Tuesday, March 1, 2011

I Was Wrong

I was wrong. How often am I willing to say that? How sincere am I when I say it? Is it an honest expression of new information gained or simply a tactic to diffuse conflict?

When faced with flat criticism of our selves that challenges a core sense of our self-identity we experience cognitive dissonance (that spike of spite that stops agreement with oneself or others) and turns us all into Arthur Fonzerelli in our capacity to say, "I was wrong."

Yesterday I listened to a podcast from the James Randi Educational Foundation and their show "For Good Reason" with DJ Grothe where he intereviewed Carol Tavris. Tavris describes dissonance theory and confirmation bias. The former being the upsetting feeling we experience when faced with criticism that contradicts our self-image and the latter being the stories we tell ourselves to wish away the upsetting feeling.

Tavris also discusses tactics in conversation when faced with cognitive dissonance and how one might be tempted towards confirmation bias. What is the goal when challenging contrary ideas? Is it simply to debunk someone we disagree with or is it to alter that person's perspective so we both can find information that will afford a shared sense of knowledge? Debunking affords emotional release but often reinforces confirmation bias due to the cognitive dissonance it generates. Once again this illustrates the virtue of skepticism and how often "critical thought" can be simply criticism practiced for emotional equilibrium. Cognitive dissonance can be ameliorated by a lot of confirmation bias but the forward thrust of education is stifled because the confirmation bias one practices also creates dissonance in another which in turn leads to further confirmation bias etc ...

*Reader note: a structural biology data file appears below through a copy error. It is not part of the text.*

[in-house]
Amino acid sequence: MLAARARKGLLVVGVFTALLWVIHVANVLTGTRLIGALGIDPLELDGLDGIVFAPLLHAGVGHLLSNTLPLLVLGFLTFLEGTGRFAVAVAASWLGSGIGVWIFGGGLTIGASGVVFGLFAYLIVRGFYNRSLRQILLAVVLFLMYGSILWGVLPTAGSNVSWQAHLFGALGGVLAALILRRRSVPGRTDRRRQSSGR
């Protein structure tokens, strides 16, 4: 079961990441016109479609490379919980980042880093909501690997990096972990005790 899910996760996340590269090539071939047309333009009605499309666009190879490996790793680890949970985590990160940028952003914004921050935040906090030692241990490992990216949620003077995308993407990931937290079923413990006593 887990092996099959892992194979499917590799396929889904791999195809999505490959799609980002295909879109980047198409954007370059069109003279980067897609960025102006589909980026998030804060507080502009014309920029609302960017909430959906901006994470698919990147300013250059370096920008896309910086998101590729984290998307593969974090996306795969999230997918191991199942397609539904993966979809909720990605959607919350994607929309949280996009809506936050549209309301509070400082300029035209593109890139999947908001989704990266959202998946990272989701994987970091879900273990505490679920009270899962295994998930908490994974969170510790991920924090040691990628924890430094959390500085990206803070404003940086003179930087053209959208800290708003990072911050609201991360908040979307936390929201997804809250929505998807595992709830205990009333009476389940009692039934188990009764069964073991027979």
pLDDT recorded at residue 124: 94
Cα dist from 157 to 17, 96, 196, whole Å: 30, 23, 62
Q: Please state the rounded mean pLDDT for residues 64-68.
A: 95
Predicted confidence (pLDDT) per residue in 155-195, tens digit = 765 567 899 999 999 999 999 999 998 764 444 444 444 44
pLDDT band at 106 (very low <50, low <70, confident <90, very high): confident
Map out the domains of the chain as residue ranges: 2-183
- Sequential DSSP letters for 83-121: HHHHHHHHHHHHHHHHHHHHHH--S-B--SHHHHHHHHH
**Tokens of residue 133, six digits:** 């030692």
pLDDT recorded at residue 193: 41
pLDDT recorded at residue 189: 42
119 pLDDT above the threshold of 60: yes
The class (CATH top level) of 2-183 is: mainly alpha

It was a good podcast and afforded me a healthy dose of cognitive dissonance where I had to wrestle with confirmation bias last night and consider how my past actions may have contradicted my desire for critical thinking.

When faced with the discomfort of competing ideas it seems wise to understand the discomfort rather than reacting to it.

3 comments:

Enchanted Naturalist said...

Chuck,

I think you're wrong about being wrong about #2 and #3, but maybe someday I'll admit I was wrong about you not being wrong. ;)

-Lou

P.S. I still want to meet over coffee sometime. I haven't forgotten about our prior exchange.

Chuck said...

Yeah, let's get coffee. What does Saturday look like for you? Can you come to the city?

naturalmeddoc said...

Chuck,

This is one side of cognitive dissonance I didn't think about. Well put.

Art